Morphic field

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In the field of biology, researchers such as Rupert Sheldrake have suggested that the organization of complex organ systems, composed of a multiplicity of discrete, relatively independent parts, is difficult to account for purely on the basis of gene expression. Proposed instead is the notion of a "morphogenetic field" (form-generating field) to account for such structures.

Beyond physiology, Sheldrake further proposes that a similar principle is active in social contexts, pertaining to collective thought, feeling, and behavior. In essence, the theory is that, in addition to individual subjective consciousness, all creatures also dwell in a general "morphic" or "morphogenic" field of consciousness; one that both informs and is informed by individual and collective thought, feeling, and action.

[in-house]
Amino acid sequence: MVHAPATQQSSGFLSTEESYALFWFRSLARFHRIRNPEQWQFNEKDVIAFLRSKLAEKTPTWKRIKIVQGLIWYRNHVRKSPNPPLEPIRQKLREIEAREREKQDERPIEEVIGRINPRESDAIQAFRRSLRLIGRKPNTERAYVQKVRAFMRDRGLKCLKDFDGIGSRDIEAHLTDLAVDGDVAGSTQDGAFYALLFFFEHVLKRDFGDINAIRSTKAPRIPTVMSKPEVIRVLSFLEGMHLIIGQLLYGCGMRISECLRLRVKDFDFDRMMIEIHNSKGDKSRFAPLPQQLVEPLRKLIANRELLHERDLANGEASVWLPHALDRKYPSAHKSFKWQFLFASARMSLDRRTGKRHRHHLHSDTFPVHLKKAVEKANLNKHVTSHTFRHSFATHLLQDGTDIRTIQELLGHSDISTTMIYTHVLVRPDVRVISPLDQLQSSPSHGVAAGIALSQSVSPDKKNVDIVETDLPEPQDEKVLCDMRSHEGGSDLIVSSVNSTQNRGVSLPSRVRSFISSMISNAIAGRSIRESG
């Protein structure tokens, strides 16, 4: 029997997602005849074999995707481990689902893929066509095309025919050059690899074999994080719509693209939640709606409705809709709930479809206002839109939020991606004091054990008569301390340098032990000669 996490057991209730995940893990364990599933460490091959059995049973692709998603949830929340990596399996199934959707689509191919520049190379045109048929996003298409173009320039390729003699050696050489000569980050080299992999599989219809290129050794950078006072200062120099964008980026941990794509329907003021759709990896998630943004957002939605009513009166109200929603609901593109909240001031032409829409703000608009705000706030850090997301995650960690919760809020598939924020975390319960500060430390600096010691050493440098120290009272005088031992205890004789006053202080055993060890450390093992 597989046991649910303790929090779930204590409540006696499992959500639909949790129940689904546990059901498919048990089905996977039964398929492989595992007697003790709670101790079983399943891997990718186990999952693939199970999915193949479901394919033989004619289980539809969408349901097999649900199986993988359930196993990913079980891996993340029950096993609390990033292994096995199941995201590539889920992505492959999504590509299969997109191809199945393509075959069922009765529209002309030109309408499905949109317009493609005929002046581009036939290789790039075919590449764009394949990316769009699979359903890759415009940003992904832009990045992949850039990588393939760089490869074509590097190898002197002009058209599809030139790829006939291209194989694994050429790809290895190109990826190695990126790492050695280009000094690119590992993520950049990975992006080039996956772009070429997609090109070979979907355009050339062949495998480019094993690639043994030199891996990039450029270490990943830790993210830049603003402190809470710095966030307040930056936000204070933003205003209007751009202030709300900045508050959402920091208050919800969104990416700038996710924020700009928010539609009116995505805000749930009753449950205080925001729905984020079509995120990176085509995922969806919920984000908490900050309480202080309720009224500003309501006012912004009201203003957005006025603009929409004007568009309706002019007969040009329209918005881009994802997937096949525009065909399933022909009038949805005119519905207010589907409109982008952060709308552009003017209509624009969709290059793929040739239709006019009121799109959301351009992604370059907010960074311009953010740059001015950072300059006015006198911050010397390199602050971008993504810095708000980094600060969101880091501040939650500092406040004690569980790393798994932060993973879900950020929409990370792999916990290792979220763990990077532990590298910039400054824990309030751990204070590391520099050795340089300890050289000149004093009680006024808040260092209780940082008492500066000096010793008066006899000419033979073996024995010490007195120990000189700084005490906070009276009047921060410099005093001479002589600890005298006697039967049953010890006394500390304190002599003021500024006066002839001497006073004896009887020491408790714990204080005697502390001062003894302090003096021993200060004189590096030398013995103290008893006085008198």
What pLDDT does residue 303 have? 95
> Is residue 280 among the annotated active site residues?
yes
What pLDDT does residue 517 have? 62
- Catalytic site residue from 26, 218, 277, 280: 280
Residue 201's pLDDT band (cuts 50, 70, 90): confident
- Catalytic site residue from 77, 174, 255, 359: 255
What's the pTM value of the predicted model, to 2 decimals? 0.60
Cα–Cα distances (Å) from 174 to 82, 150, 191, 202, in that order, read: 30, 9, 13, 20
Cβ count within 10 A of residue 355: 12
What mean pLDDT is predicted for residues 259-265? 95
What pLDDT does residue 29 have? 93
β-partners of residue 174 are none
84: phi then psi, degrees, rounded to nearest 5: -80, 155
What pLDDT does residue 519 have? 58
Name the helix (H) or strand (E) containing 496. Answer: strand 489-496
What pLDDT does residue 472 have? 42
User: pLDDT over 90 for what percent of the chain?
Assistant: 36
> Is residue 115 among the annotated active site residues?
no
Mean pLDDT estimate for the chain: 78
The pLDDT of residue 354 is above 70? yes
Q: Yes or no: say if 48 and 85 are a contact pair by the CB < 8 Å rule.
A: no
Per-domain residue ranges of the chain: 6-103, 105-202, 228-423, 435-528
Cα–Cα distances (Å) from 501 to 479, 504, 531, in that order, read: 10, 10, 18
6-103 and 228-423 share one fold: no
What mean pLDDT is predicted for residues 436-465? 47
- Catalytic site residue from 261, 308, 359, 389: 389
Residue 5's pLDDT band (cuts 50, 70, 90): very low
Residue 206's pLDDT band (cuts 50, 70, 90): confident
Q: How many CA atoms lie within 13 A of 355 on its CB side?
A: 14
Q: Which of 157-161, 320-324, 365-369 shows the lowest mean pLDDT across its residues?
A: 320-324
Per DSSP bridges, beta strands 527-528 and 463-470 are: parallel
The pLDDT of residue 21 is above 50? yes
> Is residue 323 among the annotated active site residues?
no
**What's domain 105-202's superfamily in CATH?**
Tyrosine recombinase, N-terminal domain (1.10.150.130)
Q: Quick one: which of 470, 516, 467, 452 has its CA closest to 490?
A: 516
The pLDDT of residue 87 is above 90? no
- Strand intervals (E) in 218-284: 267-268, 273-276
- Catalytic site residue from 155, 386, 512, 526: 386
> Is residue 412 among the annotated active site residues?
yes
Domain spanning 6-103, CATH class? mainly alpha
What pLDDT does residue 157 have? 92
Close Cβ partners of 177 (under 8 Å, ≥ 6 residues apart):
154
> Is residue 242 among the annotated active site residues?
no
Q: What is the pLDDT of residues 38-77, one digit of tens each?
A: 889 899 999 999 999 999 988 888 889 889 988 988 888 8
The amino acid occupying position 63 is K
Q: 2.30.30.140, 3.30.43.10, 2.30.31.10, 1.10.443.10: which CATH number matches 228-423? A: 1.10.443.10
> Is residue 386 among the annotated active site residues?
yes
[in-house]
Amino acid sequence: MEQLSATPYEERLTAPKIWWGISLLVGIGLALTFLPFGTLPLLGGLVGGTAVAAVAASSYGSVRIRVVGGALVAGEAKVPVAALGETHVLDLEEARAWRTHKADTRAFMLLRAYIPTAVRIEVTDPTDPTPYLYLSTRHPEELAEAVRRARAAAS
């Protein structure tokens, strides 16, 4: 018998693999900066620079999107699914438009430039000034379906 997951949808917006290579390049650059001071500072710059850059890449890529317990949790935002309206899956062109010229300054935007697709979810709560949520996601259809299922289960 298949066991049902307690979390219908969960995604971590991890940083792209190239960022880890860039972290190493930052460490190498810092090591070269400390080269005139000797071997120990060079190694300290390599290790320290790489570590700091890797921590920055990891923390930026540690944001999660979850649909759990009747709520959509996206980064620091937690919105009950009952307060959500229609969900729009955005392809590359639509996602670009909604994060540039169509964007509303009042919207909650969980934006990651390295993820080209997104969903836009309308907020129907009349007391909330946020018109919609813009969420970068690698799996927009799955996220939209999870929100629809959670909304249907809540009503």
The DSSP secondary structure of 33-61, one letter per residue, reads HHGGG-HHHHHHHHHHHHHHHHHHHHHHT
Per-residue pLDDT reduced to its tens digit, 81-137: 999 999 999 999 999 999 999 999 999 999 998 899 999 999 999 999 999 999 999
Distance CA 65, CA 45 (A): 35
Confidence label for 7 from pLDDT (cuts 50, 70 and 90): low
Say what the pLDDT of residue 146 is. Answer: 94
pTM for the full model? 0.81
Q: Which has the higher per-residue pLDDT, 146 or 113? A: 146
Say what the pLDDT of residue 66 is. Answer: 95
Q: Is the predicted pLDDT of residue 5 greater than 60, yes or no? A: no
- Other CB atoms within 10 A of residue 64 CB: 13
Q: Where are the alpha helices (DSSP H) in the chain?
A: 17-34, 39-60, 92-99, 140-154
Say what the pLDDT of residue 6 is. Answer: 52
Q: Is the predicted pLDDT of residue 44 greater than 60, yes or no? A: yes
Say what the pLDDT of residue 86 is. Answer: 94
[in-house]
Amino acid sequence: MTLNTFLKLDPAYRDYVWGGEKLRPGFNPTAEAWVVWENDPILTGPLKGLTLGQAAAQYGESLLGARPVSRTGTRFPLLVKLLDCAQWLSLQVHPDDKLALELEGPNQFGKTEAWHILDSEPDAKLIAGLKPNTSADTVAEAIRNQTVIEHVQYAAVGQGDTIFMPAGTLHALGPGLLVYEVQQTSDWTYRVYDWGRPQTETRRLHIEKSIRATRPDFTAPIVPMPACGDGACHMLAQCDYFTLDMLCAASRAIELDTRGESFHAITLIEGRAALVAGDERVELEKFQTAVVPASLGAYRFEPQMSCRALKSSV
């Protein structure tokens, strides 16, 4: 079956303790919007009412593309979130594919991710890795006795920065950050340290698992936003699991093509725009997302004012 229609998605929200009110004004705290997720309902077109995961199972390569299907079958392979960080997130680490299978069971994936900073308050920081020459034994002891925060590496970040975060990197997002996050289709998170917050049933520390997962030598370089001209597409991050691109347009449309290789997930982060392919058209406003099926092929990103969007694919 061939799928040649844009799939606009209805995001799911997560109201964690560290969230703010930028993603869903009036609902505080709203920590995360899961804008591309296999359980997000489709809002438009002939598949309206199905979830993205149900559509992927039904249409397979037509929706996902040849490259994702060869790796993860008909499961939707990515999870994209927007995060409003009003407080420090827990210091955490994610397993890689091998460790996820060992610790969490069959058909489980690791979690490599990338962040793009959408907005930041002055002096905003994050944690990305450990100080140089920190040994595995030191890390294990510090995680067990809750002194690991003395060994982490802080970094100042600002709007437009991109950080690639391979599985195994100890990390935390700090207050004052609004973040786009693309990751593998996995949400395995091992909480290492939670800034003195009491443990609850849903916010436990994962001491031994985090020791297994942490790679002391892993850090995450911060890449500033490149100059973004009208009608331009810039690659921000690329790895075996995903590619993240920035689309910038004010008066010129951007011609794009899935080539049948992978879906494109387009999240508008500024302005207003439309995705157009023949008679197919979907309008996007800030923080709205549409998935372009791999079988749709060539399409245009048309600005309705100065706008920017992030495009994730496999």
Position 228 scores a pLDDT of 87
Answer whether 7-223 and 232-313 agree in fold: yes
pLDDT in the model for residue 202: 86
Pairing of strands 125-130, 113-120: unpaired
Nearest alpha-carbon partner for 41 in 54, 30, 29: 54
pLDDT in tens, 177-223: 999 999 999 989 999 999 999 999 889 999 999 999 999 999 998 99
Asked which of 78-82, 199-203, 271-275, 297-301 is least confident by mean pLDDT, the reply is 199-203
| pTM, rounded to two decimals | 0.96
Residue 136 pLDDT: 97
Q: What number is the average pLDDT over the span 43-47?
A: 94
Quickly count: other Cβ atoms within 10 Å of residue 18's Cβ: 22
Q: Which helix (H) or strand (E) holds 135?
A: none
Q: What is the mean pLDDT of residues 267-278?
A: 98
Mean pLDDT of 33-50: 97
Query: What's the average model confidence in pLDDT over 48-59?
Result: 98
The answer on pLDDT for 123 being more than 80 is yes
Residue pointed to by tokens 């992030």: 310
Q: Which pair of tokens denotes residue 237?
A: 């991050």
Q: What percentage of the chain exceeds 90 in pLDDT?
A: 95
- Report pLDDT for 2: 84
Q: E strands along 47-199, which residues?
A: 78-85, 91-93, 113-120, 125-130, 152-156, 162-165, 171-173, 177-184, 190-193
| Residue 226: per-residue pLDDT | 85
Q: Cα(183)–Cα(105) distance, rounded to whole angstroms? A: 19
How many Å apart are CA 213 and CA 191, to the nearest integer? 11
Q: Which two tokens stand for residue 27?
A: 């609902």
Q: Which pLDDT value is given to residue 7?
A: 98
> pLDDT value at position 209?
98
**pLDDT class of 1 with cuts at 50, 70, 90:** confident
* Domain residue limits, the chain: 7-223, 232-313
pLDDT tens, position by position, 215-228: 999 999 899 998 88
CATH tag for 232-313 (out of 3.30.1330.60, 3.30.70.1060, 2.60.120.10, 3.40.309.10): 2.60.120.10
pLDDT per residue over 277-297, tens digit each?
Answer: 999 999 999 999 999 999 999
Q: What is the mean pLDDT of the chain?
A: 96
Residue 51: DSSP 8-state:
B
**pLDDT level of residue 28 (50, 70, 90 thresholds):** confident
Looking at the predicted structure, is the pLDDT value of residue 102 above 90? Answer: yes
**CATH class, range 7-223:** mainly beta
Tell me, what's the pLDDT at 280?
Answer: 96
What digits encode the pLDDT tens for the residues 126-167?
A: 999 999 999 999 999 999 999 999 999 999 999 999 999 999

The latter phenomenon is popularly known as the 100th Monkey Effect, though that particular account has largely been established as myth. However, in scientifically controlled experiments, Sheldrake and other have shown weak but statistically significant transpersonal effects for the sharing of knowledge, perception, and autonomic response. One of the more quaint studies for example, found that crossword puzzles are easier to solve on the day following their publication, presumably as the solution becomes more imprinted in the morphic field. [citation needed]

To the extent that this phenomenon is validated, the implications for collective thought, choice, and action are great.

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Author: Bill Miller